Fighting fire with fire: Researchers battle AIDS with HIV
Protein being used by Australian researchers to provide long-lasting protection against the disease
Researchers in Australia call it "fighting fire with fire." They claim they have found a way to use the human immunodeficiency virus, or HIV, to prevent AIDS. The idea is a radical one, as HIV has up until know been known as "the virus that causes AIDS."
Harrich in his experiments altered a protein that is a critical component of all living cells. These include many substances. Among them are antibodies and hormones, which would usually help the virus to grow. Instead, the modified protein helps to prevent the virus from replicating or spreading.
Undergoing this therapy, patients would still be infected with HIV, said Harrich -- but it would not develop into AIDS.
"This therapy is potentially a cure for AIDS. So it's not a cure for HIV infection, but it potentially could end the disease. [That's] because the immune system that protects you from opportunistic infections that normally is the cause of AIDS is actually the opportunistic infection, not the HIV, because your immune system becomes run down," Harrich explains.
"So this protein present in immune cells would help to maintain a healthy immune system so that patients would be able to handle normal infections."
Using tests conducted in the laboratory, thorough testing on animals is needed before any human trials can begin, due to start later this year.
More than 30,000 people have been diagnosed with HIV in Australia. Without extensive protease drug therapy, their condition will develop into AIDS. According to the World Health Organization, 2.5 million people were newly infected with HIV in 2011. It's estimated that 1.7 million people died that year from the virus.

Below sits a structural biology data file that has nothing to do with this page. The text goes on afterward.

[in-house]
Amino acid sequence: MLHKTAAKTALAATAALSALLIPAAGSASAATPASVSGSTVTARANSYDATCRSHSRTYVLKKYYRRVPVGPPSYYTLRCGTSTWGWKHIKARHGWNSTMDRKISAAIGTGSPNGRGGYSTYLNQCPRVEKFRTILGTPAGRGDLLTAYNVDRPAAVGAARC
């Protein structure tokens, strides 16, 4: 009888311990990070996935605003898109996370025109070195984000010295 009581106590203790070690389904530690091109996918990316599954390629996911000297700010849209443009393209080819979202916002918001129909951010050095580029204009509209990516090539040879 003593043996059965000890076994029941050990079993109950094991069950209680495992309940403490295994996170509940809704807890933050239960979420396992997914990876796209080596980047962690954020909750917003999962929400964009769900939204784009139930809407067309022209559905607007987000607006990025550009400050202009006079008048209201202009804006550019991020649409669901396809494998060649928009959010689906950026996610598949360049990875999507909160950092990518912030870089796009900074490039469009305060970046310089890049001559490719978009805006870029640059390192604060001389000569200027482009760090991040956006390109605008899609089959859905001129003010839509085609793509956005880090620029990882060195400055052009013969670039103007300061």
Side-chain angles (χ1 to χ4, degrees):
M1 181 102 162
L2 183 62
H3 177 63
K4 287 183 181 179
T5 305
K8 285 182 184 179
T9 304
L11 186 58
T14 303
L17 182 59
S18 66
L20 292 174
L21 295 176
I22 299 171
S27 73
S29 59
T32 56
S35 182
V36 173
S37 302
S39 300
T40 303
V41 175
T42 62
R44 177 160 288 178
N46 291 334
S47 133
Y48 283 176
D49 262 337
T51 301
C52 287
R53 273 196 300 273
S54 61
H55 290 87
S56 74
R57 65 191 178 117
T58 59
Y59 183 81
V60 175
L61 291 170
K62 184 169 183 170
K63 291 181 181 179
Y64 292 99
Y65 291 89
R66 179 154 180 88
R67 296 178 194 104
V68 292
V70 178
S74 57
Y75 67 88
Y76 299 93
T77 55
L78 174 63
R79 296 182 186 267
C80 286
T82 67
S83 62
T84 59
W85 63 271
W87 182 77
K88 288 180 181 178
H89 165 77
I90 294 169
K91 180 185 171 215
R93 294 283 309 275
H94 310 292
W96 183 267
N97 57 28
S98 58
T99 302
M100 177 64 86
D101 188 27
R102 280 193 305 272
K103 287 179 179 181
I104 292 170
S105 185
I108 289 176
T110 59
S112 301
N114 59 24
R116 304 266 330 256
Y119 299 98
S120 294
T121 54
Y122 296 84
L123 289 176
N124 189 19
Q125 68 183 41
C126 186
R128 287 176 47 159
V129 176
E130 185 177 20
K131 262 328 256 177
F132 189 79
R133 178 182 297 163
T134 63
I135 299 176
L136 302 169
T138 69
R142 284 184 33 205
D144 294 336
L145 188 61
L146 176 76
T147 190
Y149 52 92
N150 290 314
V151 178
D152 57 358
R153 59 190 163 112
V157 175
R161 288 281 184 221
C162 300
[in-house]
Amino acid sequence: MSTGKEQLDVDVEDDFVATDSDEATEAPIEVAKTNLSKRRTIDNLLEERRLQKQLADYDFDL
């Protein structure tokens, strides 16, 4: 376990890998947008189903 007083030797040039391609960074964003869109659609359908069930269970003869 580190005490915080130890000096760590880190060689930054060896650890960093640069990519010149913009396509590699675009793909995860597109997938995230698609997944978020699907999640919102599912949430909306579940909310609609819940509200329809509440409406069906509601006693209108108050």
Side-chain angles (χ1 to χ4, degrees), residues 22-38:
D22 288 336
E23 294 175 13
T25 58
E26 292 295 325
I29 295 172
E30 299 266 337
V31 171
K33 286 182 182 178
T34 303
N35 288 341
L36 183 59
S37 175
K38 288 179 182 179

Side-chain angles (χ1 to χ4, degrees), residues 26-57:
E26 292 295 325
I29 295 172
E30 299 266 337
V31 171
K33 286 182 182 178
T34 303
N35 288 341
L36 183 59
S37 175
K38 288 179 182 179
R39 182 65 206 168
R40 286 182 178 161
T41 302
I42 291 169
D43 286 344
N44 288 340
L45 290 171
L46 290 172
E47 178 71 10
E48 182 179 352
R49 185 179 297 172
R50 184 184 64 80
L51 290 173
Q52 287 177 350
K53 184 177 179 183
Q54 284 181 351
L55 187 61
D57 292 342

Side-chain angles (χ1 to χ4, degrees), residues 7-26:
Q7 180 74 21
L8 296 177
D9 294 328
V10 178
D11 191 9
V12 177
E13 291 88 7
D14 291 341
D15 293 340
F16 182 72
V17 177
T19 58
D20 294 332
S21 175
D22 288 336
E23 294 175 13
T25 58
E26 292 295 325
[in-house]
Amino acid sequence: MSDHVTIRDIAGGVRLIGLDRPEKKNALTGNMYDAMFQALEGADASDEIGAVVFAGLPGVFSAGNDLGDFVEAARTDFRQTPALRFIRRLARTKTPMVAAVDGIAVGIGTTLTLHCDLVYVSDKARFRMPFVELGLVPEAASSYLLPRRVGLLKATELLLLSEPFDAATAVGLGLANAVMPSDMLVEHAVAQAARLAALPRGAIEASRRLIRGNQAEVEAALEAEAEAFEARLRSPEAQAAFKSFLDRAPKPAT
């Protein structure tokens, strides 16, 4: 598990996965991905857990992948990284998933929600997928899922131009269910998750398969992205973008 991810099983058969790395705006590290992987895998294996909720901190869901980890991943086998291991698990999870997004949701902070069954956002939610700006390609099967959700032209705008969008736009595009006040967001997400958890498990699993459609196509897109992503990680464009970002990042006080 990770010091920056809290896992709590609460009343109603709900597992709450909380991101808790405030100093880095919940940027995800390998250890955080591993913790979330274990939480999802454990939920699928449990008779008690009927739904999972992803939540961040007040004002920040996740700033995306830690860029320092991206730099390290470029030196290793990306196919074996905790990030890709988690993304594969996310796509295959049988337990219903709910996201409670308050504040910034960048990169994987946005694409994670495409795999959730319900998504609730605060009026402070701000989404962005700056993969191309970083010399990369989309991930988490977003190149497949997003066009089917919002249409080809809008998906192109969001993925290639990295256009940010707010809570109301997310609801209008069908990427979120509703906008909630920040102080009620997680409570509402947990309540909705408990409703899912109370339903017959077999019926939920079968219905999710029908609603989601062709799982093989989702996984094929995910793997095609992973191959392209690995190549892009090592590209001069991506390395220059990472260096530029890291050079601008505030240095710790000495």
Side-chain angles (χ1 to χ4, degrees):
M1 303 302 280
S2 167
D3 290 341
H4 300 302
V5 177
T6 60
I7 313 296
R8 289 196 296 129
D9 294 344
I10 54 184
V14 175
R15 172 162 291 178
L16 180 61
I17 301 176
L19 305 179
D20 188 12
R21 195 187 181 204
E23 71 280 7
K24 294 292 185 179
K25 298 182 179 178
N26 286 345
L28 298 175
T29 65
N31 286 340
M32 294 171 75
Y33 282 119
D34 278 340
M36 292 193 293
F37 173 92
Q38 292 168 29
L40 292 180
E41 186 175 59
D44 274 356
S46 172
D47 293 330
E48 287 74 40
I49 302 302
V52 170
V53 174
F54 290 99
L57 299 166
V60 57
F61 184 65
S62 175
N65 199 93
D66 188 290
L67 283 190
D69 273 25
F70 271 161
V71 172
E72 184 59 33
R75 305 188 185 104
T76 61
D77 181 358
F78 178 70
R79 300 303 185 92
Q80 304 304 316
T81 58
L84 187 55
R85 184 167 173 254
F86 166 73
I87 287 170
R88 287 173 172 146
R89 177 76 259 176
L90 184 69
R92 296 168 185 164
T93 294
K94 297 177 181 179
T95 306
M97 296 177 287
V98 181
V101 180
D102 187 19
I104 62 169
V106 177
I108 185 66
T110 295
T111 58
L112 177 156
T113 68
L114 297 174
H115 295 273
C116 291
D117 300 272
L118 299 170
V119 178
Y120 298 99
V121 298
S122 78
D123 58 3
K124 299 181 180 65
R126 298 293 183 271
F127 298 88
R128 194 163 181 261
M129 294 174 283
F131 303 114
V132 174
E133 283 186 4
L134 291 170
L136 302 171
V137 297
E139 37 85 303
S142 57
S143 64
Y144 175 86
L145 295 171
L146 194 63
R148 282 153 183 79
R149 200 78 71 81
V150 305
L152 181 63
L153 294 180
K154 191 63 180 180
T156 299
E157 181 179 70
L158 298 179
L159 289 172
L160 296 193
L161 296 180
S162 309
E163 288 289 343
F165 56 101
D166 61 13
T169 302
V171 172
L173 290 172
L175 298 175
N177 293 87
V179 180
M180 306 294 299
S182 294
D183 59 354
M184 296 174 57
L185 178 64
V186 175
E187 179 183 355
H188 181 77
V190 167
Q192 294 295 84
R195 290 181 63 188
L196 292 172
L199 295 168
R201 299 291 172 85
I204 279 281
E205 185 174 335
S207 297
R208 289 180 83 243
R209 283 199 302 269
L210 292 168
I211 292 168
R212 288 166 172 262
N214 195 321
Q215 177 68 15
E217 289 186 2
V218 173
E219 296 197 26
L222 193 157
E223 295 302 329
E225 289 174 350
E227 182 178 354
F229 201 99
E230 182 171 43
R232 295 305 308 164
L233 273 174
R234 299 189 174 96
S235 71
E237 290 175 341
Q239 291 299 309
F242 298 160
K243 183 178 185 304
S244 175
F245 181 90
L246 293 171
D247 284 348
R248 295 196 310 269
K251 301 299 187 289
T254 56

"I think what people are looking for is basically a means to go on and live happy and productive lives with as little intrusion as possible." Harrich says.
"And so, you know, the only way you can do that is one, you either have to eliminate the virus infection, or alternatively, you have to eliminate the disease process. And that's what this could do, potentially for a very long time."
Using a therapy based on a single protein could end multiple drug regimes for HIV patients. At the beginning of protease therapy for HIV patients as many as 20-plus were required daily to battle the condition. Many HIV patients say their drug intake has been lessened to as little as four a day. If the new therapy is successful, it will lead to a better quality of life for patients at substantial savings.
However, scientists say that creating a drug that turns HIV against itself would be challenging and Australian researchers conceded that there were still "many hurdles to clear."
© 2014 - Distributed by THE NEWS CONSORTIUM
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